Detente began last month when Kelly had a private one-on-one with Trump.
"I was a little nervous to go into Trump Tower that day, because I didn't know what to expect. But from the moment I entered his office, he could not have been nicer. I won't say it wasn't awkward, but there was nothing acrimonious between us. It felt like a journalist talking to the candidate about the race. We did not touch on anything about us. We did not touch the dustup. I asked him for an interview. He said he'd think it over.
"I had wanted to reach out to Trump since (the first debate in) August," she went on, "but I kept waiting for him to not be angry. I didn't think he'd say yes, and I didn't think it would be a good interview, if he was still angry. And just when I would think he was past it, he would start up again. Then in April, there was a two-week lull, so I reached out.
"I am looking to move beyond the acrimony on his end," she said. "It has never been on my end."
This new TV venture airing on (for her) a new network serves as a reminder that Kelly is no stranger to new challenges. Is the time nearing when she might hanker for a challenge that takes her beyond the Fox orbit?
She is a blend of glamour and gravitas perhaps unmatched by any other TV newswoman today, with a "Vanity Fair" cover and a show (airing weeknights at 9 p.m. EDT) that ranks second in all cable news, behind only Fox News' "The O'Reilly Factor" with an average audience of 2.5 million viewers. She could expect a warm welcome by either of the cable-news networks trailing Fox News, or by most any other TV news outlet. Her contract reportedly is up in mid-2017.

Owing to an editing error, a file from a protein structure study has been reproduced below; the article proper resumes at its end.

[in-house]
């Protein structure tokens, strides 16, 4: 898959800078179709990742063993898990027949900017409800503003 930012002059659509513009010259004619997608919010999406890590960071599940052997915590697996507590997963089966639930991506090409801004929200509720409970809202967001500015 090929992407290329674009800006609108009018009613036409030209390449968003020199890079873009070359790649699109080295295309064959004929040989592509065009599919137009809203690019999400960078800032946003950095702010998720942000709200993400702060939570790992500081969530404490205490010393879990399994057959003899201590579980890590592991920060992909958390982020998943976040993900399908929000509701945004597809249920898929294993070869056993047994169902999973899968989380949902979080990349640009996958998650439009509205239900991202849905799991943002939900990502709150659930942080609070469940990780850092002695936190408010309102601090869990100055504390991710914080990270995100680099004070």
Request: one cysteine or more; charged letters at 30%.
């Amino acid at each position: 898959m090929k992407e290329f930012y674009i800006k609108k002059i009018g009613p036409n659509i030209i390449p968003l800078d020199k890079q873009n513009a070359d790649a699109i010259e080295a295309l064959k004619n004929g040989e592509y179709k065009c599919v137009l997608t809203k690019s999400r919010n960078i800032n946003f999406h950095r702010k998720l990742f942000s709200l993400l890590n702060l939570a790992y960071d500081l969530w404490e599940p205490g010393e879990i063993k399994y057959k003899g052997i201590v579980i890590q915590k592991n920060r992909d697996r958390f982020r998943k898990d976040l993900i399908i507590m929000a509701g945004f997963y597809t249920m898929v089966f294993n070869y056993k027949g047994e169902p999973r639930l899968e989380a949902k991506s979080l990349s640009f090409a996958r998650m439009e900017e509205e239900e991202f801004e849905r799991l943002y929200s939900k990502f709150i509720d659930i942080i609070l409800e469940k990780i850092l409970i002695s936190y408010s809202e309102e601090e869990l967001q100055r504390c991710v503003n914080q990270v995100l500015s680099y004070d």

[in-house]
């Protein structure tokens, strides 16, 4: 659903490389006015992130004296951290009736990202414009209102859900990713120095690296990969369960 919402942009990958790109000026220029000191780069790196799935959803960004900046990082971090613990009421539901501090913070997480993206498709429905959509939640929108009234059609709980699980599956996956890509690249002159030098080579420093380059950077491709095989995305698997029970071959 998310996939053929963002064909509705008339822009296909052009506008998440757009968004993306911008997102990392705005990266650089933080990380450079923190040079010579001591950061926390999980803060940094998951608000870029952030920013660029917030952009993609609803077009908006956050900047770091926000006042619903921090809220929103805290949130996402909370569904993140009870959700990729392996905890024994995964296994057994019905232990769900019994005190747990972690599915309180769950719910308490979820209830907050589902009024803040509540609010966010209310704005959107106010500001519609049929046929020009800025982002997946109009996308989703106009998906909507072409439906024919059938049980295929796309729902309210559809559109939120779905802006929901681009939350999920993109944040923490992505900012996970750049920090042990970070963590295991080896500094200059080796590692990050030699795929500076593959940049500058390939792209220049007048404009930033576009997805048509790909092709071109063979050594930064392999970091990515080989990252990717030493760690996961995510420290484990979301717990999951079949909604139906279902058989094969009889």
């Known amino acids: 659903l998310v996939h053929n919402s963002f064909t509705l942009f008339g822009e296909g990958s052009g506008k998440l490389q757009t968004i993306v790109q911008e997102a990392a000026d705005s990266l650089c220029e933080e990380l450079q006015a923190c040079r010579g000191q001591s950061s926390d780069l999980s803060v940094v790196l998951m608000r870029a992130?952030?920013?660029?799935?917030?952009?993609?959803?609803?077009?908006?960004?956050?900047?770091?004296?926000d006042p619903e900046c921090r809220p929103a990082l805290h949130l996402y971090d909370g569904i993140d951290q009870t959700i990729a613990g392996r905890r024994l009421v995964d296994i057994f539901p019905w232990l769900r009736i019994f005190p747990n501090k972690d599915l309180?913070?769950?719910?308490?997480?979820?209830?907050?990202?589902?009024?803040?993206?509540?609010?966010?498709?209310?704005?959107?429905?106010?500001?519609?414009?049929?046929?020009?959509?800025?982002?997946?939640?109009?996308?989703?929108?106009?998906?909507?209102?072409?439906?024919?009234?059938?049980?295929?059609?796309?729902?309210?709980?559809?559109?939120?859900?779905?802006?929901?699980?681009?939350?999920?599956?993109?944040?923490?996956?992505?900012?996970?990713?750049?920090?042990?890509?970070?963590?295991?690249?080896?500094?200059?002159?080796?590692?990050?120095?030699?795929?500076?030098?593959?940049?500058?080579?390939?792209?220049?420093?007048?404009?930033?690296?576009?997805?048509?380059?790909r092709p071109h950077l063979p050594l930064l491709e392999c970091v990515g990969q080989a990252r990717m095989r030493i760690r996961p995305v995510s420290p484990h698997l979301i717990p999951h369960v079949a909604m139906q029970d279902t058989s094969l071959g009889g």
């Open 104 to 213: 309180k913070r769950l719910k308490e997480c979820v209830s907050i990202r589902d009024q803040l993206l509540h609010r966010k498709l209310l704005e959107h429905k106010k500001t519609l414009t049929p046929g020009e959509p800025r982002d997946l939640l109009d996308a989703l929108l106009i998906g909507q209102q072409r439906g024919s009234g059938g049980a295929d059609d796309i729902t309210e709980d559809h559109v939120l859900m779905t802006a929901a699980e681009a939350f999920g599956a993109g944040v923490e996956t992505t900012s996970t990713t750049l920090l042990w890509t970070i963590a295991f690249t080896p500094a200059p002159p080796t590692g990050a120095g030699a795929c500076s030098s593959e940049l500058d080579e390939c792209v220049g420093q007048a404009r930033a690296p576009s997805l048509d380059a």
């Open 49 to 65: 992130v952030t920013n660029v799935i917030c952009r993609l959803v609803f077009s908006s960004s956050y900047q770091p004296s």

"I'm very happy with Fox," she said. "(Fox News Chairman and CEO) Roger (Ailes) has taken very good care of me for 12 years. So I think it would be tough to leave him. But having said that, I don't know what the future will bring. It's a fickle business and anything can happen."
In the more immediate future, Kelly is keen to do a follow-up Fox special, she's writing a book due out this fall, and stays busy with "The Kelly File," where, she says, she feels a higher calling than the cage-match style of much of cable-news talk.
"I want ideas to be exchanged and fleshed out," she explained before voicing an idyllic mission statement: "We want to present cool water. What I've told my team many times is: I want the show to feel like cool water on a hot brain, a pleasant news-consumption experience."
Having said that, she realized she was overdue to get ready for that night's show.
"They won't put me on TV like this," she said of her off-camera look — on this day, boots, jeans and a tuxedo jacket over a white T-shirt. "So I have to get my bells and whistles. They need to dress it up a little."
EDITOR'S NOTE — Frazier Moore is a national television columnist for The Associated Press. He can be reached at firstname.lastname@example.org and at http://www.twitter.com/tvfrazier. Past stories are available at http://bigstory.ap.org/content/frazier-moore